The definition of an ingrown toenail is described as the toenail growing into a portion of the skin on either side of the nail. This condition may cause little discomfort in the early stages of development and may worsen as time progresses. Swelling, redness, or a possible infection may occur as a result of the nail piercing the skin, and this may lead to an infection. The body’s natural response for healing is to have a specific type of skin that may grow at the site of the infection, which is known as hypergranulation. This will generally dissolve once treatment has begun and the infection dissipates. There are several causes for this ailment to occur, and these may include wearing poorly fitting shoes or socks, having a family history of ingrown toenails, or improperly trimming the toenails. If you feel you have developed this uncomfortable condition, it is suggested to seek the advice of a podiatrist who can properly assist in the correct treatment.
<!–><!––><!––>Ingrown toenails may initially present themselves as a minor discomfort, but they may progress into an infection in the skin without proper treatment. For more information about ingrown toenails, contact Dr. Kenneth Donovan of Advanced Care Foot and Ankle. Our doctor can provide the care you need to keep you pain-free and on your feet.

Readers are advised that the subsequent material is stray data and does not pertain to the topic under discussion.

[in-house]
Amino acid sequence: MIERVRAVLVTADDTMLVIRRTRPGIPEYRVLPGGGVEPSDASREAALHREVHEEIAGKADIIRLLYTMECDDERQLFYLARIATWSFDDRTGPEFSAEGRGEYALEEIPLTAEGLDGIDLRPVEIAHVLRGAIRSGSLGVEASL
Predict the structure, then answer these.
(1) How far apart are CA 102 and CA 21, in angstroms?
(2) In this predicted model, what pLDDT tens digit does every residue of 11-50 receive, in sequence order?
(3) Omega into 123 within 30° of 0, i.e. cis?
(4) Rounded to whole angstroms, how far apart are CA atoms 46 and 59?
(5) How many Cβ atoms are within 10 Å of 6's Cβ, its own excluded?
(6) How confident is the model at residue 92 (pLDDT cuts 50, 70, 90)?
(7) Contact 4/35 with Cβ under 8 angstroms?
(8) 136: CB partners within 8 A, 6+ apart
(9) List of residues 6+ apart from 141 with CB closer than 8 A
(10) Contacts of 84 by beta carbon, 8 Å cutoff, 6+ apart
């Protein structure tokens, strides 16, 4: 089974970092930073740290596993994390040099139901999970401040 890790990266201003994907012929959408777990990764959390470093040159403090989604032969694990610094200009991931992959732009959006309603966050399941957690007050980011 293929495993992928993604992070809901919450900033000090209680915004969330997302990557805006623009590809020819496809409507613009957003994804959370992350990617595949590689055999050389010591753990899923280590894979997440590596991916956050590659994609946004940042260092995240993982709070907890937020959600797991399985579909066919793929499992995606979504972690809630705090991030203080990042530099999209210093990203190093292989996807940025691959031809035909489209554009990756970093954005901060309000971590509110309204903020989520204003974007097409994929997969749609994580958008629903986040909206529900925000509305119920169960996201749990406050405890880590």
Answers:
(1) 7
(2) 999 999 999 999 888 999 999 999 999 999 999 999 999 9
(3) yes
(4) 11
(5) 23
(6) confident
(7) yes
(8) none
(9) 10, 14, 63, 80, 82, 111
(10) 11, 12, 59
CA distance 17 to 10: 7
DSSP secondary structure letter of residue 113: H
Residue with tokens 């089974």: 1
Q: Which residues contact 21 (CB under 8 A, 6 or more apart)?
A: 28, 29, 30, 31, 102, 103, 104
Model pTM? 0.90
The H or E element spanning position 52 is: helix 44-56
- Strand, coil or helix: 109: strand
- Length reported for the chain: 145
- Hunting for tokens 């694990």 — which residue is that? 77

Ingrown toenails are caused when the corner or side of a toenail grows into the soft flesh surrounding it. They often result in redness, swelling, pain, and in some cases, infection. This condition typically affects the big toe and may recur if it is not treated properly.
You are more likely to develop an ingrown toenail if you are obese, have diabetes, arthritis, or have any fungal infection in your nails. Additionally, people who have foot or toe deformities are at a higher risk of developing an ingrown toenail.
Some symptoms of ingrown toenails are redness, swelling, and pain. In rare cases, there may be a yellowish drainage coming from the nail.
Ignoring an ingrown toenail can have serious complications. Infections of the nail border can progress to a deeper soft-tissue infection, which can then turn into a bone infection. You should always speak with your podiatrist if you suspect you have an ingrown toenail, especially if you have diabetes or poor circulation.
If you have any questions, please feel free to contact one of our offices located in Warren, Livingston, and Toms River, NJ. We offer the newest diagnostic and treatment technologies for all your foot care needs.